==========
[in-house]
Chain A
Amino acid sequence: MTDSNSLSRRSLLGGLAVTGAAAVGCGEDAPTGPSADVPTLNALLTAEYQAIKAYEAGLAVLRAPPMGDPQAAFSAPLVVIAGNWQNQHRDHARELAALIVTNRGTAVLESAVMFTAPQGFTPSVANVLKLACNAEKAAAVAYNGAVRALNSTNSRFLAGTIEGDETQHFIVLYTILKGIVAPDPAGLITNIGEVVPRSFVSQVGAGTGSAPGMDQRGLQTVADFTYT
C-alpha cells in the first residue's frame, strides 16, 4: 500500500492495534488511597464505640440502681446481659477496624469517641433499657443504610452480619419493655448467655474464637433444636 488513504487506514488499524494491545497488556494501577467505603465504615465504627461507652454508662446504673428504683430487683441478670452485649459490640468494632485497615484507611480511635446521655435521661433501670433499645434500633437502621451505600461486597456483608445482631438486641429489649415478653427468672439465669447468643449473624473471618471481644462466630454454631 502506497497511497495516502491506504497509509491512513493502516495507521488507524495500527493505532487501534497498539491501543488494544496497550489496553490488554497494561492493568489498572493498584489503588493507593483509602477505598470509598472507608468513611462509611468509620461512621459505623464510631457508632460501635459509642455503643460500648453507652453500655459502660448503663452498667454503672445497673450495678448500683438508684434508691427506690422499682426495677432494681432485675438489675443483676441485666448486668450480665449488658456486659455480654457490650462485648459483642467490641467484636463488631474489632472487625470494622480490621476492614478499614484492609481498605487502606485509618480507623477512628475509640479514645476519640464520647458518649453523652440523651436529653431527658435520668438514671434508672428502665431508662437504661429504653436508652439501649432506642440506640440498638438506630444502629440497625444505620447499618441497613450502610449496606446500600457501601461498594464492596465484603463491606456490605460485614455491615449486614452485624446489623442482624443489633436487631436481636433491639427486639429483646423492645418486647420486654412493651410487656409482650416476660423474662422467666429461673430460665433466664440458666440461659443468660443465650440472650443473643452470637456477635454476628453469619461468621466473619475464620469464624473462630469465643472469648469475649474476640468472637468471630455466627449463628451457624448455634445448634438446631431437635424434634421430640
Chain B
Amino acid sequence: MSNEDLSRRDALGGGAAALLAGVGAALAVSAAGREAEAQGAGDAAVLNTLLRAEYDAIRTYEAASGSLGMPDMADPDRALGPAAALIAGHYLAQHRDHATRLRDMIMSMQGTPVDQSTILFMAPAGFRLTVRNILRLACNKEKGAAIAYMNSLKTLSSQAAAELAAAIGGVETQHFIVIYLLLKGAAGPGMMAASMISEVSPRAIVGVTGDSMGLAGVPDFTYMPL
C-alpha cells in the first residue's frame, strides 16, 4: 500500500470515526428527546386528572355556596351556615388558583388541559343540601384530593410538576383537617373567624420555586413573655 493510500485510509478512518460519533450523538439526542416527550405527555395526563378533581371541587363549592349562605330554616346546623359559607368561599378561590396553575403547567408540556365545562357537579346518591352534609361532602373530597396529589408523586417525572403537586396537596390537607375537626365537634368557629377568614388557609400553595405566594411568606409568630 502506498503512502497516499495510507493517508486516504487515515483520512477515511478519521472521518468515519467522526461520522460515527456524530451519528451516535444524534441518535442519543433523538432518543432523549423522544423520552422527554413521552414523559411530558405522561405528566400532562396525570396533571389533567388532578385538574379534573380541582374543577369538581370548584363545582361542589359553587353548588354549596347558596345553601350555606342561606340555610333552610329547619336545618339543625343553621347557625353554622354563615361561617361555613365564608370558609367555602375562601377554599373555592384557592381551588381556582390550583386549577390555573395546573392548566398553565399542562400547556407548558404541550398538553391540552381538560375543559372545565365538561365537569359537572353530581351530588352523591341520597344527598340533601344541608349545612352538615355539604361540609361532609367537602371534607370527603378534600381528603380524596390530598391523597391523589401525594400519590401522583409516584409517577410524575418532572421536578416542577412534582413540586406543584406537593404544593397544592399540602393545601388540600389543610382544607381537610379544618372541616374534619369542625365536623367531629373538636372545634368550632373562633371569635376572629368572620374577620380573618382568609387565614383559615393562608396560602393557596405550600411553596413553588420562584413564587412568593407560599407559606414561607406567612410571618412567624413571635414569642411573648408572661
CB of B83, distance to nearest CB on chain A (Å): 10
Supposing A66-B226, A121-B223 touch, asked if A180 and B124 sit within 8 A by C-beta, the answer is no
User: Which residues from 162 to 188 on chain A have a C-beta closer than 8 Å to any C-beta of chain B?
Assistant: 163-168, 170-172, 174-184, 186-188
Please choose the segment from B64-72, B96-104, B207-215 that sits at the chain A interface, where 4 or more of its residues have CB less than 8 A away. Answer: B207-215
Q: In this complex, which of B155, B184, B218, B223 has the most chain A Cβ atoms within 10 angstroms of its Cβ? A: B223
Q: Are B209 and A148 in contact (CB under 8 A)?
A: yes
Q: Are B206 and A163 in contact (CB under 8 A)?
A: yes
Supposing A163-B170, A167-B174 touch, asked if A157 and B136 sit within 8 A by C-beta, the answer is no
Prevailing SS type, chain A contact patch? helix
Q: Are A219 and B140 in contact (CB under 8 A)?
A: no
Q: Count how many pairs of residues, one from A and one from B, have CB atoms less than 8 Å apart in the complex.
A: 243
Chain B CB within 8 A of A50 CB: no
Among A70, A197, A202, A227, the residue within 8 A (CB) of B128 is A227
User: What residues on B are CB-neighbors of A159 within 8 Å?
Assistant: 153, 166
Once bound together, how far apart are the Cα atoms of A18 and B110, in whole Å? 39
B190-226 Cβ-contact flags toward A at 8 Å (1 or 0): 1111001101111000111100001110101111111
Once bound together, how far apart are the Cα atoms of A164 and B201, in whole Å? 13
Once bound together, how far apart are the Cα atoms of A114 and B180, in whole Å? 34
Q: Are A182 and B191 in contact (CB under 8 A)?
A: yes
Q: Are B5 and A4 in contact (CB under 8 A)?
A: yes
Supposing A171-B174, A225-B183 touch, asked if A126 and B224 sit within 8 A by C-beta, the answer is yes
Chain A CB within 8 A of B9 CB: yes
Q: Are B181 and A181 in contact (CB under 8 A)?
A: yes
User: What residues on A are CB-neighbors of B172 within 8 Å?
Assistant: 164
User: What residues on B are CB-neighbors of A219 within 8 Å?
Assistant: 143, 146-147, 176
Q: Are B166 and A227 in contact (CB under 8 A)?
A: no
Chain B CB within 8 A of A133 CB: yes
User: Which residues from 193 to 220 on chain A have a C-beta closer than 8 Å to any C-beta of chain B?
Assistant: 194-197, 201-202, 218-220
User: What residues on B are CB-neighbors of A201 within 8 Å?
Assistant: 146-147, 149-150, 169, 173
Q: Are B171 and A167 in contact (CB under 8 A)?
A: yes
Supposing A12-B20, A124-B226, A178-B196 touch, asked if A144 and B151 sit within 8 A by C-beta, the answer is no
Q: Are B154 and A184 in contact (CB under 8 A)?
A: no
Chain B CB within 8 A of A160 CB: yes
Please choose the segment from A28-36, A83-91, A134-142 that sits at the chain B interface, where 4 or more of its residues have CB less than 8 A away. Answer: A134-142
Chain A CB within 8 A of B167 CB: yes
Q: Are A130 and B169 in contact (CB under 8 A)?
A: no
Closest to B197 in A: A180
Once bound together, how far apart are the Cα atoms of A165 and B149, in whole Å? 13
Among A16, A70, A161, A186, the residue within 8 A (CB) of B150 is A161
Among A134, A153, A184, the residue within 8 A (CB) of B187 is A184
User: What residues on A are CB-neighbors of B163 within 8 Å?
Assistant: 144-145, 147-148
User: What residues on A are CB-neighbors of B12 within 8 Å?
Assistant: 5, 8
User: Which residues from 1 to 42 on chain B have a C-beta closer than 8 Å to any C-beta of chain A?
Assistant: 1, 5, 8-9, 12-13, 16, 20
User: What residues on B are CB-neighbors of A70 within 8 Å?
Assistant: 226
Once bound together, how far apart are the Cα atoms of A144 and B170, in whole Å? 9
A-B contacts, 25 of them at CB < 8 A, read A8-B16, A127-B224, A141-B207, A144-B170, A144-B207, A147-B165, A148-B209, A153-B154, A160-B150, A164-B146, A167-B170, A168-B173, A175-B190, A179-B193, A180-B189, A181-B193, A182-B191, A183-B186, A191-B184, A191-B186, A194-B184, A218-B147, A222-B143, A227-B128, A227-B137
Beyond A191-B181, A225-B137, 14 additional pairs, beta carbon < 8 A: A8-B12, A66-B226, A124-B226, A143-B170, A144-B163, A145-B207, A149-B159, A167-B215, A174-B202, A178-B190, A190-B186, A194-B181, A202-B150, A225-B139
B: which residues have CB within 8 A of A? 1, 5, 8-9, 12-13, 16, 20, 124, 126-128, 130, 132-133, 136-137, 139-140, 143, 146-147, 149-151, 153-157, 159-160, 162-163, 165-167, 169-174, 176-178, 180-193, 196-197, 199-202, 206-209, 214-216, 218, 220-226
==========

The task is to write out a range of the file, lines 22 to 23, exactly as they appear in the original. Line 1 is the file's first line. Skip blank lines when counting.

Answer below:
Q: Count how many pairs of residues, one from A and one from B, have CB atoms less than 8 Å apart in the complex.
A: 243